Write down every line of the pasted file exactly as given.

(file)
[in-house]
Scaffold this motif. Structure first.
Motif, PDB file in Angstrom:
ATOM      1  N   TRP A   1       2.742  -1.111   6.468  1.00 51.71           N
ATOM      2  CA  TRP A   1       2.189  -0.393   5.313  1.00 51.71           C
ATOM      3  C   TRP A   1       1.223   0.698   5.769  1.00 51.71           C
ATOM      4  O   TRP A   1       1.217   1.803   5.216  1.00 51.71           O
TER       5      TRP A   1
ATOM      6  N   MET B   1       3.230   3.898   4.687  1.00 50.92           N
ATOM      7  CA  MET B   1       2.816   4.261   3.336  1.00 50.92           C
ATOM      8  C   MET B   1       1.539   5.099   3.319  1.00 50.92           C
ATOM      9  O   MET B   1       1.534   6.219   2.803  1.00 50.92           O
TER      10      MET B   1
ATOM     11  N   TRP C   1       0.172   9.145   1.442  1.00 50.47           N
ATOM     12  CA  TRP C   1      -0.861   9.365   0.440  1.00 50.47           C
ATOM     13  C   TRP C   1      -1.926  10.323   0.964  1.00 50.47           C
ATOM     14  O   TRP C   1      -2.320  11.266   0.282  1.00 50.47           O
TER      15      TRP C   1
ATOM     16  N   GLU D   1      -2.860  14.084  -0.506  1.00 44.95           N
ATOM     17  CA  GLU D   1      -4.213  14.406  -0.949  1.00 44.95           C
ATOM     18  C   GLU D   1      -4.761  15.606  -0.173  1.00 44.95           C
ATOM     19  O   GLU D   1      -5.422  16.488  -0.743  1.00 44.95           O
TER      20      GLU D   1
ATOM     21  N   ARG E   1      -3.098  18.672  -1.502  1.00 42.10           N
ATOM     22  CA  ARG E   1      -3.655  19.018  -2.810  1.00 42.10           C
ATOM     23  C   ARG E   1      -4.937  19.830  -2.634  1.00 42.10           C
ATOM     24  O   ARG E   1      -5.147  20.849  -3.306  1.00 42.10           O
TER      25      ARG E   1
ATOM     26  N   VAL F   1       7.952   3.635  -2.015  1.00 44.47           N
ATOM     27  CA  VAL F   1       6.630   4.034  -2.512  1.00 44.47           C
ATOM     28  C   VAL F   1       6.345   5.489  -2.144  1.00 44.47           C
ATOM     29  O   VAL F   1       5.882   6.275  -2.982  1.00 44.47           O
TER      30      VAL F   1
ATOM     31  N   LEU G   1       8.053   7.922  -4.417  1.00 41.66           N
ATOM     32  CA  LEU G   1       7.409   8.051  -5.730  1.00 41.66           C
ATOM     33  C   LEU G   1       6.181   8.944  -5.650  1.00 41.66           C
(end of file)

[in-house]
Scaffold this motif. Structure first.
Motif, PDB file in Angstrom:
ATOM      1  N   TRP A   1       2.742  -1.111   6.468  1.00 51.71           N
ATOM      2  CA  TRP A   1       2.189  -0.393   5.313  1.00 51.71           C
ATOM      3  C   TRP A   1       1.223   0.698   5.769  1.00 51.71           C
ATOM      4  O   TRP A   1       1.217   1.803   5.216  1.00 51.71           O
TER       5      TRP A   1
ATOM      6  N   MET B   1       3.230   3.898   4.687  1.00 50.92           N
ATOM      7  CA  MET B   1       2.816   4.261   3.336  1.00 50.92           C
ATOM      8  C   MET B   1       1.539   5.099   3.319  1.00 50.92           C
ATOM      9  O   MET B   1       1.534   6.219   2.803  1.00 50.92           O
TER      10      MET B   1
ATOM     11  N   TRP C   1       0.172   9.145   1.442  1.00 50.47           N
ATOM     12  CA  TRP C   1      -0.861   9.365   0.440  1.00 50.47           C
ATOM     13  C   TRP C   1      -1.926  10.323   0.964  1.00 50.47           C
ATOM     14  O   TRP C   1      -2.320  11.266   0.282  1.00 50.47           O
TER      15      TRP C   1
ATOM     16  N   GLU D   1      -2.860  14.084  -0.506  1.00 44.95           N
ATOM     17  CA  GLU D   1      -4.213  14.406  -0.949  1.00 44.95           C
ATOM     18  C   GLU D   1      -4.761  15.606  -0.173  1.00 44.95           C
ATOM     19  O   GLU D   1      -5.422  16.488  -0.743  1.00 44.95           O
TER      20      GLU D   1
ATOM     21  N   ARG E   1      -3.098  18.672  -1.502  1.00 42.10           N
ATOM     22  CA  ARG E   1      -3.655  19.018  -2.810  1.00 42.10           C
ATOM     23  C   ARG E   1      -4.937  19.830  -2.634  1.00 42.10           C
ATOM     24  O   ARG E   1      -5.147  20.849  -3.306  1.00 42.10           O
TER      25      ARG E   1
ATOM     26  N   VAL F   1       7.952   3.635  -2.015  1.00 44.47           N
ATOM     27  CA  VAL F   1       6.630   4.034  -2.512  1.00 44.47           C
ATOM     28  C   VAL F   1       6.345   5.489  -2.144  1.00 44.47           C
ATOM     29  O   VAL F   1       5.882   6.275  -2.982  1.00 44.47           O
TER      30      VAL F   1
ATOM     31  N   LEU G   1       8.053   7.922  -4.417  1.00 41.66           N
ATOM     32  CA  LEU G   1       7.409   8.051  -5.730  1.00 41.66           C
ATOM     33  C   LEU G   1       6.181   8.944  -5.650  1.00 41.66           C